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Education
5:18 pm
Wed November 6, 2013

Michigan Works To Match Dropouts With Degrees Already Earned

At Lansing Community College in Michigan, students who've moved on to four-year schools can come back and claim their credits, and maybe even a degree.
David Shane/Flickr

Originally published on Mon November 11, 2013 11:15 am

There's a nationwide search underway to find former students who don't know they've already done all or most of the work needed to earn a credential that might help them land a better-paying job.

In Michigan, several hundred community college dropouts were recently surprised to learn they had enough credits to qualify for an associate degree. There are also ex-students who apparently didn't know they're just a few credits shy of a two-year degree.

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Shots - Health News
5:17 pm
Wed November 6, 2013

IVF Doesn't Raise Overall Risk For Childhood Cancers

Tina Nevill of Essex, England, holds Poppy, who was conceived by in vitro fertilization. The U.K.'s health system records all IVF cycles performed in the country.
Barcroft Media/Landov

Originally published on Thu November 7, 2013 9:51 pm

Children who were conceived with in vitro fertilization have the same overall chance of developing childhood cancers as those conceived naturally, scientists reported Wednesday.

"It's a reassuring finding," says pediatrician Alastair Sutcliffe of University College London, who led the study. "It's a bellwether to the future health of these kids as they grow up."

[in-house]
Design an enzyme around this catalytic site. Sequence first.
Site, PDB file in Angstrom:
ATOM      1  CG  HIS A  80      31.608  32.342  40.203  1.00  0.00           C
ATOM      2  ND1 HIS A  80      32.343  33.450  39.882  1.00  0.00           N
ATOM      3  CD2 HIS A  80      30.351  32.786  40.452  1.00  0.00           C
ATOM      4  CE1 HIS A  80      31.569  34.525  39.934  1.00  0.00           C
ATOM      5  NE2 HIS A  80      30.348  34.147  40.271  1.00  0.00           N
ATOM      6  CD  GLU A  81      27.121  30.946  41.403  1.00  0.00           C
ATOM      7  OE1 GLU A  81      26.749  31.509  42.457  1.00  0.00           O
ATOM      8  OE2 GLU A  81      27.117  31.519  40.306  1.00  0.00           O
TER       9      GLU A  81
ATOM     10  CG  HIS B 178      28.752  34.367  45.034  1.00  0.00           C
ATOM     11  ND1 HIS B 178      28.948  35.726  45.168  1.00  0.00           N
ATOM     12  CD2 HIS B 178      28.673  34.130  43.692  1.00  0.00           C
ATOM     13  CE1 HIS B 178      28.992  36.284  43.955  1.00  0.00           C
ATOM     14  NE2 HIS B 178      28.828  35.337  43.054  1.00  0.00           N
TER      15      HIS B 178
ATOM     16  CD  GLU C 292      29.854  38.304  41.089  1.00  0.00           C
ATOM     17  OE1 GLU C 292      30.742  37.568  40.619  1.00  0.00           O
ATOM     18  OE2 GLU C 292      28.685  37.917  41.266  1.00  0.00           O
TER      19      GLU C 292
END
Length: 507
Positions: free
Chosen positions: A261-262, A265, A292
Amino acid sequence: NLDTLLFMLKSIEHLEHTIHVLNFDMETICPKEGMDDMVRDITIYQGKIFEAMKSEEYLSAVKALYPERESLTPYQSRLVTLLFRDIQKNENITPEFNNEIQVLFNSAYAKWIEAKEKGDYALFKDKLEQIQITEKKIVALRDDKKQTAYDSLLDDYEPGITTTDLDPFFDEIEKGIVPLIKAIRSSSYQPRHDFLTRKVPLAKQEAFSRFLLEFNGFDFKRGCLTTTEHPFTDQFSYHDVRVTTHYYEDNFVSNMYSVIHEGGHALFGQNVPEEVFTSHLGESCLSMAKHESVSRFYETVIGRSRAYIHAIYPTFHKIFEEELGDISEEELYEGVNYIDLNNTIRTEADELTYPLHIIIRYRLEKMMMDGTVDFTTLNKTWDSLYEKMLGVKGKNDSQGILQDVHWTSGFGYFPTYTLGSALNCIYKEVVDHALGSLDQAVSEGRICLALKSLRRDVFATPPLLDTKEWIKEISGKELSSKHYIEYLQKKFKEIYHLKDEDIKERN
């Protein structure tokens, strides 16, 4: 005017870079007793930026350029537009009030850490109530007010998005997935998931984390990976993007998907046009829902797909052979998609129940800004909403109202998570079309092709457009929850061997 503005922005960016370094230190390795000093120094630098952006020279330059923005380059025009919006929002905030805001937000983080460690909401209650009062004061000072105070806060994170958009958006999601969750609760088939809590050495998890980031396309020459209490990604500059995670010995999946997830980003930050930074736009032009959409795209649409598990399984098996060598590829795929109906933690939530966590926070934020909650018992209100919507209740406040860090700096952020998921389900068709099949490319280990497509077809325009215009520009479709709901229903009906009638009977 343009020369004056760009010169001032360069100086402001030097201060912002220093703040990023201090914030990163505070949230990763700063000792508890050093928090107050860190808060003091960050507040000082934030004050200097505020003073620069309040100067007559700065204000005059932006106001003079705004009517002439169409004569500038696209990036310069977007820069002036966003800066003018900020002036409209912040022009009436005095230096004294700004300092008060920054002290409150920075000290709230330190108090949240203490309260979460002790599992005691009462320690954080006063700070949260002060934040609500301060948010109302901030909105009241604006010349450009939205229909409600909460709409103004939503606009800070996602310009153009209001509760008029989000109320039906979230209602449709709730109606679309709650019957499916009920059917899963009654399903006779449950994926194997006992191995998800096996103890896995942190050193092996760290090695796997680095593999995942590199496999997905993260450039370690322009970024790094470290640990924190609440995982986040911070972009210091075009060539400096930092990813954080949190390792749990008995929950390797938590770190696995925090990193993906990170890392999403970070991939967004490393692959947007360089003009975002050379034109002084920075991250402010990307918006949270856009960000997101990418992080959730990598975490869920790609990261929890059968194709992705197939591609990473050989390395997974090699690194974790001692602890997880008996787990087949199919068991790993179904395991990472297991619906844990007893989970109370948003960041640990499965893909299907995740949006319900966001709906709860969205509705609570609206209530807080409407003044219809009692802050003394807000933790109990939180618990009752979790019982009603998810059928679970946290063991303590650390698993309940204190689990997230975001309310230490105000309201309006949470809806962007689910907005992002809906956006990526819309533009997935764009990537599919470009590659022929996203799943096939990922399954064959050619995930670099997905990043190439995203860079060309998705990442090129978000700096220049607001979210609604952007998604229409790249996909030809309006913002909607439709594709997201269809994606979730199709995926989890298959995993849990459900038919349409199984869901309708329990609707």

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It's All Politics
5:13 pm
Wed November 6, 2013

How Long Must Rand Paul Stay In 'Detention' For Plagiarism?

Sen. Rand Paul, R-Ky., is sorry for the plagiarized material in his speeches and op-eds. And he thinks some journalists are just plain sorry.
Jose Luis Magana AP

Originally published on Wed November 6, 2013 6:16 pm

If you were a high-profile politician caught plagiarizing, would you:

  • A) Say something like "my bad," apologize profusely, promise to sin no more and quietly move on, hoping reporters would do likewise? Or ...
  • B) Acknowledge that mistakes were made, then lash out at the news media?

Sen. Rand Paul, R-Ky., has been going with the second option lately.

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Around the Nation
5:01 pm
Wed November 6, 2013

Despite Barriers, Farm Worker Breaks Silence About Rape Case

Guadalupe Chavez moved to a trailer home in Oregon after her sexual assault case went to trial in California.
Grace Rubenstein Center for Investigative Reporting

Originally published on Wed November 6, 2013 6:21 pm

This is the second story in a two-part report about sexual assault of agricultural workers in the U.S. Read part one.

It started with a missing paycheck.

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Middle East
5:01 pm
Wed November 6, 2013

Kerry Tries To Get Israeli-Palestinian Peace Talks Back On Track

Originally published on Sun November 10, 2013 12:21 pm

Transcript

AUDIE CORNISH, HOST:

From NPR News, this is ALL THINGS CONSIDERED. I'm Audie Cornish.

MELISSA BLOCK, HOST:

And I'm Melissa Block.

The peace talks between Palestinian and Israeli officials appear to have hit their roughest patch since the process restarted last summer. Secretary of State John Kerry spent today in Jerusalem and Bethlehem.

As NPR's Emily Harris reports, Kerry met with leaders from both sides in an attempt to keep the talks on track.

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Latin America